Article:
Following my post on Progressio, a Catholic aid agency, one of my readers pointed out that Progressio’s partner in El Salvador, Las Dignas, is one of a number of organizations to put its name to a document entitled Sexual and Reproductive Rights in Central America. The document takes a somewhat surprising position on the Church’s teachings. (I find I get "You are not authorised to link to this page" message but I have the document for anyone interested and you can find it by googling '"Sexual and Reproductive Rights in Central America" Las Dignas')
Its ‘agenda for action’ includes:
“Defence of the Secular State. By persuading the region's governments to stop following the dictates of the most conservative sectors of the [Catholic] church, one of the principal obstacles to more progressive laws and policies would be removed.”
“Abortion. The right of each woman to take decisions about her own body should be a fundamental aspect of advocacy on this issue, in addition to arguments for decriminalisation based on public health and social justice. This includes the possibility of seeking that, in the first place, therapeutic abortion be decriminalised in those places where it is prohibited and that women are guaranteed access to this procedure where it is still legal.”
The document goes on to present a caricature of the Catholic Church’s teachings on human sexuality: “The churches, especially the Catholic Church, teach that sexuality is something bad, that it should only be exercised in limited circumstances, and that it must be related to reproduction…Women are taught to equate the exercise of sexuality with love and with reproduction, and even to believe that 'sexuality is something dirty and impure, only allowed for men, not for we women who should be clean and pure'. Women, but not men are obliged to accept a formula in which love = sexuality = reproduction = the maximum expression of love. Pleasure has no place in this equation.”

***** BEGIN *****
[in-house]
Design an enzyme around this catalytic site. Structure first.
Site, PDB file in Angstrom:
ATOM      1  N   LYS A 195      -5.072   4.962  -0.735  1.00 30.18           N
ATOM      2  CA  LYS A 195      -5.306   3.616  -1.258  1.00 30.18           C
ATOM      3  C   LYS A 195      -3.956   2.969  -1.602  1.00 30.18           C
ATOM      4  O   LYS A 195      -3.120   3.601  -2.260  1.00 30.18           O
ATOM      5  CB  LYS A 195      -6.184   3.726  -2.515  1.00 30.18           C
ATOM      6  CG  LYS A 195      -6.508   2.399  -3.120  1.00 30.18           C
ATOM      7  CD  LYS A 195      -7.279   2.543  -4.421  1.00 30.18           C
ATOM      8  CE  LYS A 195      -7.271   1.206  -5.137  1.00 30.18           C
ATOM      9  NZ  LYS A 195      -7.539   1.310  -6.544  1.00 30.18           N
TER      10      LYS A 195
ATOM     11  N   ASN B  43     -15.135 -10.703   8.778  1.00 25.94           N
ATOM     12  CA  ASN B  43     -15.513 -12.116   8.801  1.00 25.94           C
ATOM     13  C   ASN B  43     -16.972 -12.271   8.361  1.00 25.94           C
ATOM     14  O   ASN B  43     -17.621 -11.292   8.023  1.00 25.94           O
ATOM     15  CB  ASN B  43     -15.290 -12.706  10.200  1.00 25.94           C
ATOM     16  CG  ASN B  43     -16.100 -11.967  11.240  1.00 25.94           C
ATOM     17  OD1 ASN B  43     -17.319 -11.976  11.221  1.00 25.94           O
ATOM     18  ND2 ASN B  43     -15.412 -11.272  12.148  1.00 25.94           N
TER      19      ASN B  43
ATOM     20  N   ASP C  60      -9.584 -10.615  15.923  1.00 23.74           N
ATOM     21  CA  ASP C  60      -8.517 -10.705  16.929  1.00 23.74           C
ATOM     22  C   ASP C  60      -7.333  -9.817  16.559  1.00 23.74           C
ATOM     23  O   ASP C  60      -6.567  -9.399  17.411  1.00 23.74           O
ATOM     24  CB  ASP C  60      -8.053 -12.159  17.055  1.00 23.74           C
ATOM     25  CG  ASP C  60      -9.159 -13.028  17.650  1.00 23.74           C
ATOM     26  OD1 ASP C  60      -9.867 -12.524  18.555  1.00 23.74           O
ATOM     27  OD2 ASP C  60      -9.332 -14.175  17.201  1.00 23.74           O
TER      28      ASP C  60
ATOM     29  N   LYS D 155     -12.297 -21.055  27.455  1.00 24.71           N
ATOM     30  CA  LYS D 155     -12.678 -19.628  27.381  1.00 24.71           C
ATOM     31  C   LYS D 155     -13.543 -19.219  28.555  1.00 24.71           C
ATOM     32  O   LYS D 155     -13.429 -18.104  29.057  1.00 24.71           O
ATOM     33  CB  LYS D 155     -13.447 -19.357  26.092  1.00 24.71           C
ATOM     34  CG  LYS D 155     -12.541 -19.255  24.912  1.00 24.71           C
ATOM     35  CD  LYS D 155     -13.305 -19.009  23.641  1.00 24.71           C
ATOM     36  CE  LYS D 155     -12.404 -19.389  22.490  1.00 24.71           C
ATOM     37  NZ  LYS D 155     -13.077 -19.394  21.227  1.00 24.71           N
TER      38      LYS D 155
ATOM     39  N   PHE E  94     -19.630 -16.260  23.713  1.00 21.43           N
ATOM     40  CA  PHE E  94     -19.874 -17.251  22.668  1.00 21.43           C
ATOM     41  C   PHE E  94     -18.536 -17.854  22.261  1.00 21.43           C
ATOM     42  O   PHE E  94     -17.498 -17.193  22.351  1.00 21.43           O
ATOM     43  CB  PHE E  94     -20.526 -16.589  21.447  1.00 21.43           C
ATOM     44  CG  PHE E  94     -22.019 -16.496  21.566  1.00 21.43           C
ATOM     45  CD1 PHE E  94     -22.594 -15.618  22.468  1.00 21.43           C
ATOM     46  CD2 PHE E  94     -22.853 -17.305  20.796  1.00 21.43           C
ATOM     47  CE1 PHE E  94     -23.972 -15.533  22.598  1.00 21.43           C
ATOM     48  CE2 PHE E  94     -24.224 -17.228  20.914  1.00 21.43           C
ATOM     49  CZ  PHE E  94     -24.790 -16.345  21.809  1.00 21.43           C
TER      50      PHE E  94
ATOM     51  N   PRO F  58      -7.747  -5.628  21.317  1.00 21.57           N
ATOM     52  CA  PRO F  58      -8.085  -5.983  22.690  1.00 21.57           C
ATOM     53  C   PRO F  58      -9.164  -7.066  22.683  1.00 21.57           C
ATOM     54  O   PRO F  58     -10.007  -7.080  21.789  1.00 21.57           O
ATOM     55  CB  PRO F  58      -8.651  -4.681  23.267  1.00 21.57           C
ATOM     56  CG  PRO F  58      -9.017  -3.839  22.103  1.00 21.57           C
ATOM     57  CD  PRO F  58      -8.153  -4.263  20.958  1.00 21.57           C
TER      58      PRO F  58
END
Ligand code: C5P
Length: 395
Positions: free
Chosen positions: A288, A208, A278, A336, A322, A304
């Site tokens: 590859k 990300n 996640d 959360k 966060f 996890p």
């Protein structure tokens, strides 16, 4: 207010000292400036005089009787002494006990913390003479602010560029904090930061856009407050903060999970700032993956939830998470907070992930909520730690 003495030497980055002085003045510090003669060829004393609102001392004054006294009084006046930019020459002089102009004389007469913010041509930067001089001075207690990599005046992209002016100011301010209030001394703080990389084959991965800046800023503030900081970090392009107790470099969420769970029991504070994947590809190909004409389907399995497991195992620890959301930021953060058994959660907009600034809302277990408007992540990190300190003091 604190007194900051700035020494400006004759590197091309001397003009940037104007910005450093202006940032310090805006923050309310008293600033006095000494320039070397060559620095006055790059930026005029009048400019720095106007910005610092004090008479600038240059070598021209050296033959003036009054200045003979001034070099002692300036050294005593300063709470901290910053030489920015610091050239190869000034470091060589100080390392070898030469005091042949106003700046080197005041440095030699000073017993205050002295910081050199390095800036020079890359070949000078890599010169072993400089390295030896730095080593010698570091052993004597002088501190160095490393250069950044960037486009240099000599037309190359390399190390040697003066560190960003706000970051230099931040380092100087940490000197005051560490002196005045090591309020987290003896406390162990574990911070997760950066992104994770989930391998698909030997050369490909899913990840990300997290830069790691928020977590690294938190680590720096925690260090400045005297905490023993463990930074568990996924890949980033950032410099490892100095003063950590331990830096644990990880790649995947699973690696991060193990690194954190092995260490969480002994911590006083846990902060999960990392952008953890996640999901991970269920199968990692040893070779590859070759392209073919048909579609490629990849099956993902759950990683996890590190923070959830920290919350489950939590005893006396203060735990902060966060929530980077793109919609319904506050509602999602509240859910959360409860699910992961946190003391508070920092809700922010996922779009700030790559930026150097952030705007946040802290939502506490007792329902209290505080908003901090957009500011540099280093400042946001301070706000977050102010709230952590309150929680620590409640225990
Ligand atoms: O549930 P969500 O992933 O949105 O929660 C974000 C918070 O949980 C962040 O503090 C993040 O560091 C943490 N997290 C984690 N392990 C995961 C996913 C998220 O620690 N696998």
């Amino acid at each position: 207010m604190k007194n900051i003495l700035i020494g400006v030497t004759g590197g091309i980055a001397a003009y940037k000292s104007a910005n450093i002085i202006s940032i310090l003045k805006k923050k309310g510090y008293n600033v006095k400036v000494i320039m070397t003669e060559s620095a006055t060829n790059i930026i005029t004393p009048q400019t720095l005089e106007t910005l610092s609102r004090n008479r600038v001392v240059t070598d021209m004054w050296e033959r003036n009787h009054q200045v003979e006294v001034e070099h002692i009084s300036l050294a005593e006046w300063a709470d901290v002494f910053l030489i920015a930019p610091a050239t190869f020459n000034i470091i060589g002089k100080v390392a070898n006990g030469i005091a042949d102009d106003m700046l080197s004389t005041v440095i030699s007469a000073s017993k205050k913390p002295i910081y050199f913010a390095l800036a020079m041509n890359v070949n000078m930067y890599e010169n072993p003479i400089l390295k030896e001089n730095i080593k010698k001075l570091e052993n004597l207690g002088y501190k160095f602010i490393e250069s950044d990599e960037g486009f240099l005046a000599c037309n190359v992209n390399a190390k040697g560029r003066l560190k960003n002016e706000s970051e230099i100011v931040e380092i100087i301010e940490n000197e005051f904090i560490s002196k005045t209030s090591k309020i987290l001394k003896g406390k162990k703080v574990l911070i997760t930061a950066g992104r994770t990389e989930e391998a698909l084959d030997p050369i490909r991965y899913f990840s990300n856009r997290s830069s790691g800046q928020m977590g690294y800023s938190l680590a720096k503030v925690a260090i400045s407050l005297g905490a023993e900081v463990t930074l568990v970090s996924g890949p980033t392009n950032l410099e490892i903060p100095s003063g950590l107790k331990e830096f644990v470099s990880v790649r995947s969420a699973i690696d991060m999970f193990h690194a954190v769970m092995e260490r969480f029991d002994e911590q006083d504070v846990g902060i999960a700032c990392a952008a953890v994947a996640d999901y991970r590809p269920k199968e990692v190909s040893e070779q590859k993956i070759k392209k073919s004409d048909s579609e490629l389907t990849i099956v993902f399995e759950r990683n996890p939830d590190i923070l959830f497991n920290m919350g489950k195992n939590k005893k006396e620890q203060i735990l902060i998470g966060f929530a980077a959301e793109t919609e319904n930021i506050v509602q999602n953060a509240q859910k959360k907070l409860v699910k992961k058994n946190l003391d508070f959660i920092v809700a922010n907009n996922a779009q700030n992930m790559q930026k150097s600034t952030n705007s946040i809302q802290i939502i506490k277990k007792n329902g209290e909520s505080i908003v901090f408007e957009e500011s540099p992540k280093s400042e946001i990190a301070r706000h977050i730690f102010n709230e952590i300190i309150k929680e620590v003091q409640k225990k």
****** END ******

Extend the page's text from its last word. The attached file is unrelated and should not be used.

A little further on it states: “It should be emphasised that the church's opposition to abortion is not only due to its much trumpeted position that life begins with conception but also derives from its vision of motherhood as the destiny of all women."
Well, yes, the Church does teach that sexual activity should be loving and open to life. How Las Dignas works out that this renders it ‘something bad’ that should not involve pleasure is rather puzzling. It goes on: “sexual health includes 'the absence of feelings of shame and guilt, of unfounded beliefs and of other psychological factors which inhibit sexual activity or disrupt sexual relations'.” Furthermore, “to enjoy this right, women require information and access to high quality, dignified and efficient medical attention so as to be able to enjoy maternity without risks or to terminate an unwanted pregnancy safely, as well as for the prevention and treatment of infertility.”
The Catholic Church emerges as the enemy in a later discussion of the Millennium Development Goals: “Turning to the effects of religious fundamentalists and conservatives, their influence in international political forums has significantly increased. An important example of their success is how pressure from the Vatican and a small number of conservative governments led to the elimination from the Millennium Development Goals of a goal that would have established that 'all people of appropriate age should have access to reproductive health services by the year 2015 at the latest' even though it was supported by the World Bank and the International Monetary Fund and had been adopted in 1996 by the 21 governments that participate in the Development Assistance Committee (DAC) of the Organisation for Economic Cooperation and Development (OECD)." "Reproductive health services" is a term used by UN bodies such as the UNFPA and CEDAW to promote legal access to abortion on demand – and to put pressure on developing countries worldwide to legalise abortion.
It is not just the Catholic Church that is attacked for being pro-life. The document warns: “It should also be noted that the differences between evangelicals and the Catholic Church on these issues are more a question of form than substance. Evangelicals are also very conservative and equally opposed to the decriminalisation of abortion and the recognition of diversity in sexual orientation.”
I repeat what I said in my post last Saturday, how can Progressio canvass for support within the Catholic Church? Indeed why should it continue to be listed as a Catholic organization in the Catholic directory? This scandal must be addressed.